What amounts of precious metals are found in electronic devices?
When the term “golden paradise” is used, it is difficult to imagine images of old computers, used cell phones, and broken keyboards. But old appliances contain a surprising amount of useful and valuable metals that should not be thrown away. So what kind of metals lie in that outdated computer or old cell phone?
Last year, London artists Revital Cohen and Tuur Van Balen decided to delve into old electronics to show consumers what precious metals are hidden in electronic devices. They picked up a bunch of old computers and machines from a bankrupt factory and decided to refine the precious metals. What they found is a bullion of precious metal that looks as if pulled straight out of the ground. It provides raw materials that could still be used in other facilities. The piece of stone contains gold, copper, tantalum, aluminum, and limestone, all of which are kept separate enough to actually see what’s going into the devices.
The United States Environmental Protection Organization (EPA) lists some of the staggering precious metals we have in electronics: “One metric ton of slabs can contain 40 to 800 times more gold and 30 to 40 times more copper than is extracted from one metric ton of ore in the United States.” . The EPA also points out that cell phones alone contain gold, silver, platinum, palladium, copper, tin, and zinc. Subsequently, already used materials can be reused in jewelry, electronics, cars or art.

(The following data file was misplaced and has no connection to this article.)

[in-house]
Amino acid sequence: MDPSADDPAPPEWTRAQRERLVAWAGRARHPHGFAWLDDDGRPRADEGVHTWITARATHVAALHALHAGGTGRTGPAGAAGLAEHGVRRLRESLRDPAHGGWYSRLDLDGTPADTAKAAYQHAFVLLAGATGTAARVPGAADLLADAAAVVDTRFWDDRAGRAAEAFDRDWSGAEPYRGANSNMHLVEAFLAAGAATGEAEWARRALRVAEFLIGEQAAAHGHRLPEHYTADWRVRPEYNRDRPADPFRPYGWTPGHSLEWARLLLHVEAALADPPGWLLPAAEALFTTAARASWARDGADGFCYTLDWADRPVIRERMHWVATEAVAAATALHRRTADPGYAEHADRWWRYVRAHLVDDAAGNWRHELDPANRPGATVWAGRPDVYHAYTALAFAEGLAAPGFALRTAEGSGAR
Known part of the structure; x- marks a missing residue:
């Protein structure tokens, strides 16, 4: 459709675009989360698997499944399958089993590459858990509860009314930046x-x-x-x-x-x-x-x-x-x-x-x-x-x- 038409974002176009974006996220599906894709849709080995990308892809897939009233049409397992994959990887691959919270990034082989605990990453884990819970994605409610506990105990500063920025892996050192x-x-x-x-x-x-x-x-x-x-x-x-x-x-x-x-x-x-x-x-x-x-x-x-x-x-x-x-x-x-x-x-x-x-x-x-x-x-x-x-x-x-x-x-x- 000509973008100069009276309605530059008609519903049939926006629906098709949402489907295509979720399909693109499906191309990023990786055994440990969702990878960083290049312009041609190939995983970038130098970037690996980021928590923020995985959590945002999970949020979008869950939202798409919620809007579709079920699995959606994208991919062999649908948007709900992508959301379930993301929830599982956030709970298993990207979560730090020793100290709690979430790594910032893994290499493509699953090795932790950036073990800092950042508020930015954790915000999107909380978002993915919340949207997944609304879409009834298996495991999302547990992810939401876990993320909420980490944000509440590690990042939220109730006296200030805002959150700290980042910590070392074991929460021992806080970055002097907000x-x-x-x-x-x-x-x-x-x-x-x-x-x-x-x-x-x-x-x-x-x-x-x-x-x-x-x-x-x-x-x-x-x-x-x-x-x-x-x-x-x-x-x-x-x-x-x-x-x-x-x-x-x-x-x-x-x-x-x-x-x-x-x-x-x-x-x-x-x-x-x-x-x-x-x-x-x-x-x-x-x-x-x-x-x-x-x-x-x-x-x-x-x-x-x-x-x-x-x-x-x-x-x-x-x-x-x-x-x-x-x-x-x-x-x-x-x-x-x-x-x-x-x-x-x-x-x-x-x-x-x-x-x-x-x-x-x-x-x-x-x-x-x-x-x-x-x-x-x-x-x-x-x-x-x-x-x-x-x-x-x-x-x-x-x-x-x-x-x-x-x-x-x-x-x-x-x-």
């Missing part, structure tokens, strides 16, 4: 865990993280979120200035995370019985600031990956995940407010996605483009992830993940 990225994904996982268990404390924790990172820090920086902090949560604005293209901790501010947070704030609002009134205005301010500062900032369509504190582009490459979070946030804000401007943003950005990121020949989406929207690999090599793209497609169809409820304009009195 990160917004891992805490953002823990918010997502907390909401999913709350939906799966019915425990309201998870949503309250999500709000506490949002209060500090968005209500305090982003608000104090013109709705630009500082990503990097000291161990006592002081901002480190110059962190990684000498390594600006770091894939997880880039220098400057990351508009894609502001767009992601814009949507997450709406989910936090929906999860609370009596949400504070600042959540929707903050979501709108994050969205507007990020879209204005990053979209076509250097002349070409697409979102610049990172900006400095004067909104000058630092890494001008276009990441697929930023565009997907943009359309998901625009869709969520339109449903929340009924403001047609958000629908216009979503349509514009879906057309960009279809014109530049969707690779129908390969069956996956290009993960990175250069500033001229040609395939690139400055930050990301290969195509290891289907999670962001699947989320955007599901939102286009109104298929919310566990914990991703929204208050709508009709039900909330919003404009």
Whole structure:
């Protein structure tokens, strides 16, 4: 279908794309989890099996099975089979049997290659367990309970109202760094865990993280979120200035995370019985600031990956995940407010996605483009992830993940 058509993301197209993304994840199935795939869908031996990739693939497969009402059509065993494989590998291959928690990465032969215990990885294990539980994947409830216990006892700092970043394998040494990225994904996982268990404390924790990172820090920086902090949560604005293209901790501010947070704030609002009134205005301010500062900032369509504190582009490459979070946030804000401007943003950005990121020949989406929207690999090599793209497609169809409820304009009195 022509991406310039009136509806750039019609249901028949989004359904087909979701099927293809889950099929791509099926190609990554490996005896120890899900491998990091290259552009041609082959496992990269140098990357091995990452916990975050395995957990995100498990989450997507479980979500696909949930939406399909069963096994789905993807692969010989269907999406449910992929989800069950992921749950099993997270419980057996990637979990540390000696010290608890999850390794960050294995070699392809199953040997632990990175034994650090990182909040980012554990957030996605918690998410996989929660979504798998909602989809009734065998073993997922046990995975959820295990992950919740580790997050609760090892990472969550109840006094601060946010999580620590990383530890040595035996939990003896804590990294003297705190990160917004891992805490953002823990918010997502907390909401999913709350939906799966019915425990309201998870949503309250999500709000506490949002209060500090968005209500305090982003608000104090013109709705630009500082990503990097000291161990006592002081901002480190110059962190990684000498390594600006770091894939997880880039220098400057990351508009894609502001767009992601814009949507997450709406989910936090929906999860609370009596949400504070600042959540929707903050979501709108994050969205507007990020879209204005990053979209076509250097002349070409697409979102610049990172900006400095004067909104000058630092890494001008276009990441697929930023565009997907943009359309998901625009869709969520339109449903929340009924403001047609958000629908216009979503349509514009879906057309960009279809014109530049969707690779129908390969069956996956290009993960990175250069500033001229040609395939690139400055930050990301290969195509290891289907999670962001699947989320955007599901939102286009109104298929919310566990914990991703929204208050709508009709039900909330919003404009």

A study by the American Institute of Technology in Harare also found that printed circuit boards contain “about 20 weight percent. copper, 0.04% by weight gold, 0.15% by weight silver and 0.01% by weight. palladium ’and the percentage by weight is. The study chart of the report of the International Conference on Sustainable Solid Waste Management also indicated the presence of precious metals in keyboards, personal computers, printed circuit boards, and automotive electronics. Silver, gold, copper, zinc, nickel, bismuth, iron and antimony are present in all four of the facilities listed. The recycling efficiencies of silver, gold, copper, zinc, iron and antimony are 60-99%.